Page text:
This restaurant-with-rooms has six individually decorated bedrooms. King-size beds, freestanding baths and power showers, private courtyards and garden views are just some of the features you can choose. All rooms have wi-fi, tea- and coffee-making with homemade biscuits, chilled bottled water and, erm, a teddy-bear on the bed. Take him down to breakfast and you might be able to blag extra portions. From £120 per night.
Bear Manor Oast
Complete with an elegant old pub - The Chaser - and a flint-and-stone church that hosts a farmers’ market on Thursday mornings, Shipbourne near Sevenoaks is picture-pretty Kentish village. Here you can rent your own oast house, a round tower-like structure formerly used for drying hops. Bear Manor Oast is a neatly converted, self-contained building with kitchen and dining facilities on the ground floor and a comfortable bedroom above. Breakfast of cereals, bread and fruit is included in the cost Rooms: one bedroom Price: double room with breakfast from £65 per night
Wood House Farm
Feeling strong? You can have a go at shearing a sheep on this working farm at the end of a lane on the southern edge of the Howardian Hills. If shearing seems too energetic, just take the sheepdogs for a walk through nearby woods, carpeted with primroses and bluebells in spring, or collect eggs from the hens. B&B accommodation is in the 200-year old listed farmhouse with fine breakfasts of local produce and an open-fire in the living room or there is a self-catering option, sleeping six, in a converted barn: all quarry tiles, beams and open brickwork. From £70 per night.
St Anne's B&B
Gold members of Green Tourism Business Scheme and probably the first to sign up when they rolled the scheme out in Gloucestershire in 2006, St Anne's has 3 bedrooms. Initially set up to cater for walkers, especially those walking The Cotswold Way which passes the front door. Iris ran walking holidays before her family came along and it has been a natural progression to offer B&B to walkers. Painswick is really absolutely perfect as a walking base: half way along the Cotswold Way, but also at the centre of quite outstanding walking country with beech woods, unspoilt limestone commons, orchards, valleys and streams. Circular walks branch out and loop back to Painswick taking in some of the finest pubs you could wish for. Both Greg and Iris are involved in restoring the wildflower meadows on the surrounding commons with their small herd of Dexter cattle. They also started the village Orchard Group which encourages the planting of heritage orchard trees, organise juicing and cider making in the community as a way to encourage people to use the fruit from their trees. Naturally they only serve their own pressed apple juice for breakfast! 5 rooms available from £50 per night.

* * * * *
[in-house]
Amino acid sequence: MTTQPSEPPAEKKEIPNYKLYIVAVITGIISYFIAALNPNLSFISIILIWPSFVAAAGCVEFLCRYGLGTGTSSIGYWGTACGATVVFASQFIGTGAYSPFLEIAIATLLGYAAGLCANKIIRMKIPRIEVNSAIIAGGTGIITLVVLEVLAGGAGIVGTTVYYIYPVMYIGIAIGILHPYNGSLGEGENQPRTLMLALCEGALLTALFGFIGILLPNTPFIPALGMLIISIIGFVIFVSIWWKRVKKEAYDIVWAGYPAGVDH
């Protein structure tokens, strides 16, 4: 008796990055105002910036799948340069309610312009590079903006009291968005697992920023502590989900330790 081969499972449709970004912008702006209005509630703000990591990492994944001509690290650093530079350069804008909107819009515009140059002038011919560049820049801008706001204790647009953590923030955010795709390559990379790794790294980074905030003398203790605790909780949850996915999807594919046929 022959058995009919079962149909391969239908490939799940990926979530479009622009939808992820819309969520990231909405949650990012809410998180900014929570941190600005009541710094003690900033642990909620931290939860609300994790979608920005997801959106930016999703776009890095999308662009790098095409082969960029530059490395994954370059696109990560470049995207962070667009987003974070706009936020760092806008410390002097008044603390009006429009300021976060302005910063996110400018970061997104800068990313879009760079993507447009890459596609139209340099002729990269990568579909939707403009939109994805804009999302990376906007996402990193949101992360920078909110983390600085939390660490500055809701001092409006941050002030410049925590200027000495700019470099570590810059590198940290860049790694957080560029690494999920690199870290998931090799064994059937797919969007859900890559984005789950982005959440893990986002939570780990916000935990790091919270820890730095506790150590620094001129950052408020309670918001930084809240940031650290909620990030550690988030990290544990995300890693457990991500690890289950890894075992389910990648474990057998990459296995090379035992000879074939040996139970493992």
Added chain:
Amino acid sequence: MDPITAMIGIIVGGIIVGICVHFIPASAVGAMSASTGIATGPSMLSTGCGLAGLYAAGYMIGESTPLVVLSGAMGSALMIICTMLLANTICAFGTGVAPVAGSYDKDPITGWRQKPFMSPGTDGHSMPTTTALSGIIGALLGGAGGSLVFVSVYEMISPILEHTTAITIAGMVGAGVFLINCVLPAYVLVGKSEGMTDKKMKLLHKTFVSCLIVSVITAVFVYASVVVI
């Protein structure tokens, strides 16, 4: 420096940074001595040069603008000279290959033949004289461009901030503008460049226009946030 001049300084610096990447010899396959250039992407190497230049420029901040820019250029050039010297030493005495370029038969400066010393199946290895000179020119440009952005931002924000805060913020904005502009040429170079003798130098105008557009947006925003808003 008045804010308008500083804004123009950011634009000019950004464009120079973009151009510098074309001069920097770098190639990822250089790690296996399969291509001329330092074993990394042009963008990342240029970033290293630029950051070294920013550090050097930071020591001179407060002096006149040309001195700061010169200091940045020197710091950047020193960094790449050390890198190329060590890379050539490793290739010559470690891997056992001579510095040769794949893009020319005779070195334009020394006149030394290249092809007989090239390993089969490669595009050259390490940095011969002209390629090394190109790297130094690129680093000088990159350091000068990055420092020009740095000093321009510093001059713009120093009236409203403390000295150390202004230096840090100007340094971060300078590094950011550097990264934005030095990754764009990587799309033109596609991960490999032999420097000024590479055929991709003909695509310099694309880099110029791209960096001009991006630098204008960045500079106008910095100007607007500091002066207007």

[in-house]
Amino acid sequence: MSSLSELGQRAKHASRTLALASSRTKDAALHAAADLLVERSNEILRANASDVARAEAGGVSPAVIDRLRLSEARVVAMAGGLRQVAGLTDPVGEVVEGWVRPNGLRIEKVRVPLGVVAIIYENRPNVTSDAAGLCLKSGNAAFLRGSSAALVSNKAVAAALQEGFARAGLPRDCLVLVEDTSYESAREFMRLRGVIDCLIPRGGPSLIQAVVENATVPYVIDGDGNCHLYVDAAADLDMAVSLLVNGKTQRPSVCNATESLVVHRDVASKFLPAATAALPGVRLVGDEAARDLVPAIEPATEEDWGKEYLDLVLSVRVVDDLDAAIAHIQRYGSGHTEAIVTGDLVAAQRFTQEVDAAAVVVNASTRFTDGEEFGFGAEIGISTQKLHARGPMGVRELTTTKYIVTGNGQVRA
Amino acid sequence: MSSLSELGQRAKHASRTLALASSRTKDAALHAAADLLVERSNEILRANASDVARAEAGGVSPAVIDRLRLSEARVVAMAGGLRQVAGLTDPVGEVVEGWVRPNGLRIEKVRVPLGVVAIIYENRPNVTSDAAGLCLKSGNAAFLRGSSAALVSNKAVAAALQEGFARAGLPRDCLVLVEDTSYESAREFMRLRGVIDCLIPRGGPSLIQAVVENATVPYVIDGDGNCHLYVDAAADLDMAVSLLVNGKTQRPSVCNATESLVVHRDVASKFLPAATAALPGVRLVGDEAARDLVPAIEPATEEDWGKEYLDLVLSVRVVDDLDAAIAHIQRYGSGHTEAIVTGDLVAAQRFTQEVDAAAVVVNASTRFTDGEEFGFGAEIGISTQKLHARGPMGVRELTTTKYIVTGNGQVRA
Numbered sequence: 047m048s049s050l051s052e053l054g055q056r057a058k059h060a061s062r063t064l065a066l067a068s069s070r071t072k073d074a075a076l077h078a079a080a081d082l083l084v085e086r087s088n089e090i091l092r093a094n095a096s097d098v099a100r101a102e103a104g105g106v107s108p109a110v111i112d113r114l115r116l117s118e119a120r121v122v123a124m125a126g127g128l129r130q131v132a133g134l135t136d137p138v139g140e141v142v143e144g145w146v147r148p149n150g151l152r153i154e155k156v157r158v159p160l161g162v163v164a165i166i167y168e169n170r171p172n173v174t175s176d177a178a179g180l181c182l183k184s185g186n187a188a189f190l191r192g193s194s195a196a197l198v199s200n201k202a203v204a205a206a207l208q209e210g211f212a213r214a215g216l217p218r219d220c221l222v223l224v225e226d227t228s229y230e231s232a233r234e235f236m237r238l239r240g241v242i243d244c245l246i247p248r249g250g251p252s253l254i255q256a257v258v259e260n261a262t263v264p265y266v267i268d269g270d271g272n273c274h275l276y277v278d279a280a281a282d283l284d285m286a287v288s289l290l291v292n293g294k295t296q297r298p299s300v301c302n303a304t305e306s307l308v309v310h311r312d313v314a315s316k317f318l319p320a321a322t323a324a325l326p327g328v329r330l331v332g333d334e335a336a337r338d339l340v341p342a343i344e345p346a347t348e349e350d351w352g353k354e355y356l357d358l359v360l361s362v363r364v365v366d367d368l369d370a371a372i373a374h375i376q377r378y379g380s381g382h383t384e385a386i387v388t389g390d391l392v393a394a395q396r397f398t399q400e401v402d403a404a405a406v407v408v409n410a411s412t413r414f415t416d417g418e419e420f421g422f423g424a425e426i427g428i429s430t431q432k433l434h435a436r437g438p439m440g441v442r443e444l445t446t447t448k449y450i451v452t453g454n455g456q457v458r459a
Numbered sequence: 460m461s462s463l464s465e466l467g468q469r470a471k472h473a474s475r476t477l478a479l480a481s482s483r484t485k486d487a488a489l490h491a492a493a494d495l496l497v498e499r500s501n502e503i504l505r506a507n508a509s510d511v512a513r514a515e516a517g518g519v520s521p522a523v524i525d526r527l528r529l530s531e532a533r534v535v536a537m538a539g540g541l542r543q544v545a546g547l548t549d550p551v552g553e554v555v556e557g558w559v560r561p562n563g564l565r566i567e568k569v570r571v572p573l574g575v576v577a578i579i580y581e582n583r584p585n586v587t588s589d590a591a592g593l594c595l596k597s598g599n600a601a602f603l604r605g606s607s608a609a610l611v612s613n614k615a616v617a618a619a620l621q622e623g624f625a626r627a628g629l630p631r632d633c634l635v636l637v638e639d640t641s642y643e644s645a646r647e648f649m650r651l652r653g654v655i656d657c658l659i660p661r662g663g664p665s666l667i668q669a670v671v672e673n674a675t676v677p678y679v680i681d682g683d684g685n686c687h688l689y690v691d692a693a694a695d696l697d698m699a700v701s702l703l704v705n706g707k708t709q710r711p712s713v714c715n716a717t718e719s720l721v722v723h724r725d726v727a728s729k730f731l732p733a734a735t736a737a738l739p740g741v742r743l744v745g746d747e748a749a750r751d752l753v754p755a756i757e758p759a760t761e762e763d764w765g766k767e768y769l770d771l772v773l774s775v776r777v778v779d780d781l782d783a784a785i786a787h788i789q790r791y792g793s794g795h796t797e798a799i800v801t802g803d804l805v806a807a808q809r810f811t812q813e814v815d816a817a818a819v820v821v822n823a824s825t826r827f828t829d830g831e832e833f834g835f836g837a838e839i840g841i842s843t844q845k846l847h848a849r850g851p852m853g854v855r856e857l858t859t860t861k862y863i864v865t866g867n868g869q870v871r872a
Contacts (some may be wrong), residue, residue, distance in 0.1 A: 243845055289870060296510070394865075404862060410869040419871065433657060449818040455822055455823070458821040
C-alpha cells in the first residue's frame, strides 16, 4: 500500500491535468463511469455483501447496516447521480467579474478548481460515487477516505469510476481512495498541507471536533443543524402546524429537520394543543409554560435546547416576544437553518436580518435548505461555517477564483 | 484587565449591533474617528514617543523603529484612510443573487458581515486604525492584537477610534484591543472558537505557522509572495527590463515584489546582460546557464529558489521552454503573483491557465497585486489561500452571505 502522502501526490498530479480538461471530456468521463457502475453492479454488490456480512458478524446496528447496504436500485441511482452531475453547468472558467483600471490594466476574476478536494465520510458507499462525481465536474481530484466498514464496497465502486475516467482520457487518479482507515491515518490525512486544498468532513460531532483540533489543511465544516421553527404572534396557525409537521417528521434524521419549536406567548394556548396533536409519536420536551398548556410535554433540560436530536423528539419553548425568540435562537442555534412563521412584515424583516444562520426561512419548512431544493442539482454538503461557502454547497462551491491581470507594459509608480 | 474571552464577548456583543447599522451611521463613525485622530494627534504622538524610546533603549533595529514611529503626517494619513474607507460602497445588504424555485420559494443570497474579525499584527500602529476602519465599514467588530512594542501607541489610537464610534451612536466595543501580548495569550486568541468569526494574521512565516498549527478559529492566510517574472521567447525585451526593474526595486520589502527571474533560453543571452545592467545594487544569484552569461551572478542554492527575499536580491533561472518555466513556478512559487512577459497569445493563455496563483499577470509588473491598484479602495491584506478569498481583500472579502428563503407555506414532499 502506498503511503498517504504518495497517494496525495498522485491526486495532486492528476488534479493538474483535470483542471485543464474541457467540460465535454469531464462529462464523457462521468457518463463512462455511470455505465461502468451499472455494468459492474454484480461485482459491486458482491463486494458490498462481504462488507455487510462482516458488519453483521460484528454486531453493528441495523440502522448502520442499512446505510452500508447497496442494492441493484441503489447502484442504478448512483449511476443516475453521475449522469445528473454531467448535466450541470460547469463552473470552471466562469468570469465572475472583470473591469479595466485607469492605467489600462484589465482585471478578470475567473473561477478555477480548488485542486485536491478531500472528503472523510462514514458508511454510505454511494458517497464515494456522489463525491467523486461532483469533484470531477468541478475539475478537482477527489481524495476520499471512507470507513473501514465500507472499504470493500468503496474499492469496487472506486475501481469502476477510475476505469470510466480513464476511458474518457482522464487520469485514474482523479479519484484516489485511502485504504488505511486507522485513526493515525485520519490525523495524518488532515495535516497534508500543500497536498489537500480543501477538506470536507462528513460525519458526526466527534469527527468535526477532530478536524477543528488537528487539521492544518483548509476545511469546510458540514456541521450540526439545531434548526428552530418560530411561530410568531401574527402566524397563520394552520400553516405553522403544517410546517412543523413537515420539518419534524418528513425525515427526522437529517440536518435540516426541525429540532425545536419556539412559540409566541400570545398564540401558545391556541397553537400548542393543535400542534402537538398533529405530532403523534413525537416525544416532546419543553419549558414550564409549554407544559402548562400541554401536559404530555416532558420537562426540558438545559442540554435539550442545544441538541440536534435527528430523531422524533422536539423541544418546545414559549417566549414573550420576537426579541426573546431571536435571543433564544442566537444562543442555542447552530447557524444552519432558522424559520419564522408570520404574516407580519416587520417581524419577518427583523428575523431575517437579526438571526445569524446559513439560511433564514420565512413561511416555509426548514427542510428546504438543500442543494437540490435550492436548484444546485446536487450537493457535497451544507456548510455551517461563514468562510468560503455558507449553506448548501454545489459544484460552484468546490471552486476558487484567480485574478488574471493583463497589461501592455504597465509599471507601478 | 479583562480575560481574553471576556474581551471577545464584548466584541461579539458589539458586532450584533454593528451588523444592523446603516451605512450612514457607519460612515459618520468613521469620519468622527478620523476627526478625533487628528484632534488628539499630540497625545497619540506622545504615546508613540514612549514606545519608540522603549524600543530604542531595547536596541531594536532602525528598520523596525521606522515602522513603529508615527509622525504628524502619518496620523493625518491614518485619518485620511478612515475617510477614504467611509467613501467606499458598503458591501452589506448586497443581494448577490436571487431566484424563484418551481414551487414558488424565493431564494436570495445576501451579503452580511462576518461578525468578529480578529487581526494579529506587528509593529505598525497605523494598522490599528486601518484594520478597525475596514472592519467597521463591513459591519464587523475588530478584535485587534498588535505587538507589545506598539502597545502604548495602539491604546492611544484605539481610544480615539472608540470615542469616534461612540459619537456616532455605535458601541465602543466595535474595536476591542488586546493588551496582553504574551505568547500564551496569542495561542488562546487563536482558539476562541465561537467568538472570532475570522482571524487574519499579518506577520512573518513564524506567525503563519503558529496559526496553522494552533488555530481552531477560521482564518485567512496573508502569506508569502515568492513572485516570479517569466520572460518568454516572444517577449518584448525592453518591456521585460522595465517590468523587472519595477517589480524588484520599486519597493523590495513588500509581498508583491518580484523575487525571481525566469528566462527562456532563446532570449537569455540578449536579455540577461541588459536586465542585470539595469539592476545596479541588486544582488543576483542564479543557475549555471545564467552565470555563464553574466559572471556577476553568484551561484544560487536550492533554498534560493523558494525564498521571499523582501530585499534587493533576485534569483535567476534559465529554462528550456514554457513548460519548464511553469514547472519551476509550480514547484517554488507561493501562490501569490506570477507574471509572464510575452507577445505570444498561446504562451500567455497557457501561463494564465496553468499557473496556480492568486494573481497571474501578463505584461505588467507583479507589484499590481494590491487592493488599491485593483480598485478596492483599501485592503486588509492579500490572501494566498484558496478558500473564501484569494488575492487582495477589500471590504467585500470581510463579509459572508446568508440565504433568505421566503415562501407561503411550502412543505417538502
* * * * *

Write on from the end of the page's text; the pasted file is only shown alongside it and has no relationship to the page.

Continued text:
Beyond the pale yellow turreted house sweeps the Tamar. Pentillie’s gardens (2,000 acres) extend down to the river; it even has its own beautiful bathing hut, jutting out into the water – a perfect launchpad for a quick swim. The house was built in 1698 by a James Tillie – there’s still a statue of him in the mausoleum. Time has done little to fade the majesty of this place: huge, gracious guest bedrooms and interiors stuffed with history and heritage. And, as if we didn’t love this place enough already, they’re greener than green: they have solar panels, electric car charging points, a borehole, woodburners, and wonderful, locally-sourced breakfasts, with bacon and sausages from farms on the estate, Pentillie honey and apple juice, and homemade granola and compote. From £100 for two.
The closest railway station is Plymouth. From there, take the 576 bus to Paynters Cross. The castle will be directly in front of you. Alternatively, Paynters Cross lies close to the Bere Pensinsula Route on the National Cycle Network.
Five Bells Inn
Since they acquired this 15th-century inn at East Brabourne near Ashford back in 2010, Alison and John Rogers have not only refurbished the building as a modern take on Kentish traditions, they’ve also developed it as a celebration of local life and the arts. So you get a wonderfully vibrant insight into Kentish culture here (there’s live music on Tuesday evenings and some Sunday afternoons). The four bedrooms are named after grapes and hops and have been furnished with quirky flourishes. There are great walks from here, and striking views too. Rooms: four Prices: doubles from £120 including breakfast
Originally built in 1907, this spacious, dog-friendly campsite is set right on the edge of the stunning Yorkshire Dales National Park and is perfectly situated for the Three Peaks, Ingleton waterfalls, caves and a huge variety of different walks. You’ll find essentials like bread and milk for sale in the reception area, or if you have a hankering for some local produce, then head for the local organic farm shop just two miles down the road. There is wide range of accommodation on offer at Dalesbridge, from the two camping fields (one of which is set aside for groups) to bunk houses and guests can also stay in the main house which sleeps up to 15, either self catered or with B&B.
Pool House, Woolavington
A Grade II listed, Georgian village house B&B that has had a stylish modern makeover - the bedrooms and reception rooms are bright with tall sash windows and there's a cosy wood-fired stove in the drawing room. Outside, there’s a secluded courtyard with a small swimming pool and a hot tub.
Train to Bridgwater then it's a 15-min taxi ride to Woolavington. For more information on taxi services at Bridgwater railway station, see traintaxi.